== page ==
Saturday, November 1, 2014

November 1, 2014

It’s Thanksgiving month, Poppets, and if you celebrate the official holiday or not, being aware of the reasons to be thankful is always a good thing. As is being aware in general. So without further ado…

1. Be thankful for - marriage equality. States are falling like dominoes, Poppets. So many rights are conferred upon a couple once they are officially married. Plus, for people who want to be married, there is something about that piece of paper that makes it different. The tangible and the intangible. Marriage equality is a good thing.
Be aware ofthe laws that still don’t guarantee our safety, employment, or housing rights. Marriage equality is great, but only matters so much if you can be fired or evicted for being married to someone of your same gender.

2. Be thankful forLGB people serving openly in the military. The fall of DADT was a few years ago now, but trust and believe, Poppets, it’s still a big deal.
Be aware ofThe absence of the “T” in the above alphabet. Transgendered military personnel still have to wait until after their military service has been completed before they can even talk about who they truly are, let alone begin any kind of transition. And for men and women who have already transitioned? Can’t even enlist.

3. Be thankful for - The Runaway and Homeless Youth Act. I’m embarrassed to admit I didn’t even know this act existed, Poppets. It sets guidelines for providing shelter and care for our homeless youth. It adds protections specifically covering our homeless, runaway, and “thrown away” (the industry phrase for youth whose parents have kicked them out) youths. Passed in 2008, it’s heartbreaking that we need to have the act at all, but since we do need it, let’s be grateful for it.
Be aware ofThe exclusion of LGBTQ teens from the Runaway and Homeless Youth Act. There are no provisions for LGBTQ youth in the act itself. Yes, it would be nice to think that a general law protecting our youth would cover our LGBTQ children, too, but we all know that’s not necessarily the case. According to the National Coalition for the Homeless:
  •     20% of homeless youth are LGBT. In comparison, the general youth population is only 10% LGBT.
  •     While homeless youth typically experience severe family conflict as the primary reason for their homelessness, LGBT youth are twice as likely to experience sexual abuse before the age of 12.
  •     LGBT youth, once homeless, are at higher risk for victimization, mental health problems, and unsafe sexual practices. 58.7% of LGBT homeless youth have been sexually victimized compared to 33.4% of heterosexual homeless youth
  •     LGBT youth are roughly 7.4 times more likely to experience acts of sexual violence than heterosexual homeless youth
  •     LGBT homeless youth commit suicide at higher rates (62%) than heterosexual homeless youth (29%)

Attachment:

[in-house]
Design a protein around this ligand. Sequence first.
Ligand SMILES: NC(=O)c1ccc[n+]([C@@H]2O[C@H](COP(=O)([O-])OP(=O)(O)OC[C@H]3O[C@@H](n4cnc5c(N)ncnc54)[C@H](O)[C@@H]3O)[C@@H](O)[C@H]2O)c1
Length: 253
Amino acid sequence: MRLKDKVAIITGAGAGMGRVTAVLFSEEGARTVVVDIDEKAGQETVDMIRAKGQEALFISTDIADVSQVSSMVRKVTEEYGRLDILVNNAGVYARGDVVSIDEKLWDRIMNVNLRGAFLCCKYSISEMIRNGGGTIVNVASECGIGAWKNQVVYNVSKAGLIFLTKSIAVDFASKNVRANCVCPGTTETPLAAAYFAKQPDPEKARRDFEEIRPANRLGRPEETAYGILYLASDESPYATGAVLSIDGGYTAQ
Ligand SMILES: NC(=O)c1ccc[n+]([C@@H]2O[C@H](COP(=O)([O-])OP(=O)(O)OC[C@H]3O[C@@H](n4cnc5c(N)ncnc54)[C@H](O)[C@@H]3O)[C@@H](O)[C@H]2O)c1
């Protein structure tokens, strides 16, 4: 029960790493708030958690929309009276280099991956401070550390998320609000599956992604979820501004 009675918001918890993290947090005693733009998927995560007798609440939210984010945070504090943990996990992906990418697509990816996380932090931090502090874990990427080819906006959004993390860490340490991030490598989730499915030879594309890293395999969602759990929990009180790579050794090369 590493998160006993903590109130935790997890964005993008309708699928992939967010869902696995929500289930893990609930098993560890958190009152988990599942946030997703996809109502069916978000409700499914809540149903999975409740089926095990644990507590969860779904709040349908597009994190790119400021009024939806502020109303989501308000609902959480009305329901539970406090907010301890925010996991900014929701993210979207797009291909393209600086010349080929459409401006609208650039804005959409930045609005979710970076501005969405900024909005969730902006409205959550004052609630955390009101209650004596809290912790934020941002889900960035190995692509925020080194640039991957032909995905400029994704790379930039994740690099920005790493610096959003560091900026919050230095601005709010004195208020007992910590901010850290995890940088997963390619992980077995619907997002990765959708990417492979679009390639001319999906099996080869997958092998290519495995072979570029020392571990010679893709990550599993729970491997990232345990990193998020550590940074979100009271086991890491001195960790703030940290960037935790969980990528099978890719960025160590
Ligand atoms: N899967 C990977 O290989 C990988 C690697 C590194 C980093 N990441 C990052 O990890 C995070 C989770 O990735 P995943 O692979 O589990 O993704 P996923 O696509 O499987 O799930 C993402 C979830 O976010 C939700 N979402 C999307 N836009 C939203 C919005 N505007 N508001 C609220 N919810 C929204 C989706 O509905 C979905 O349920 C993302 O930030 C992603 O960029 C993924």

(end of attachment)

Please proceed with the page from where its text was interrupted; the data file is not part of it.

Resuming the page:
(National Coalition for the Homeless, June 2009
Given those statistics, the Runaway and Homeless Youth Act needs to be amended to protect the LGBTQ youth, explicitly and without question.

    4. Be thankful for - International Transgendered Day of Remembrance. Every November 20th, we remember our transgendered brothers and sisters who have died because of the hatred and violence. There are no scheduled events in the Bellingham area yet, but don’t let that stop you from taking a moment – or organizing one.
Be aware ofInternational Transgendered Day of Remembrance. The fact that we even need this day is painful. The fact that more and more names get added every year is painful.

5. Be thankful forthe people who have come before us. It is safer to be a member of the LGBTQ community than ever before. We have more rights, more visibility, more acceptance, and more protections than any generation that has come before us. And we have it because of the generations that came before us.
Be aware ofthe sacrifices they made. It’s easy to look around and take for granted what we have. It’s easy to think it all came easily. Don’t be that person.

    6. Be thankful forthe strength to continue the fight. You have it. I have it. We have the strength to get what needs to be changed changed. We have voices that are being heard. We have powerful allies and influential comrades. Every day, we make strides, because we just don’t quit.
Be aware ofthe fact that being out is a privilege. Not everyone lives in a community where it is safe to be out. Not everyone works in an industry where it is safe to be out. Those of us who can be must not add our hate to the hate they are already facing. Instead, we must fight for them, until none of us have to fight at all.

There you have it, Poppets. Six reasons to be thankful. Happy Thanksgiving, if you celebrate it. Happy Autumn if you don’t.

Until next month, Poppets, take care of you – and each other.

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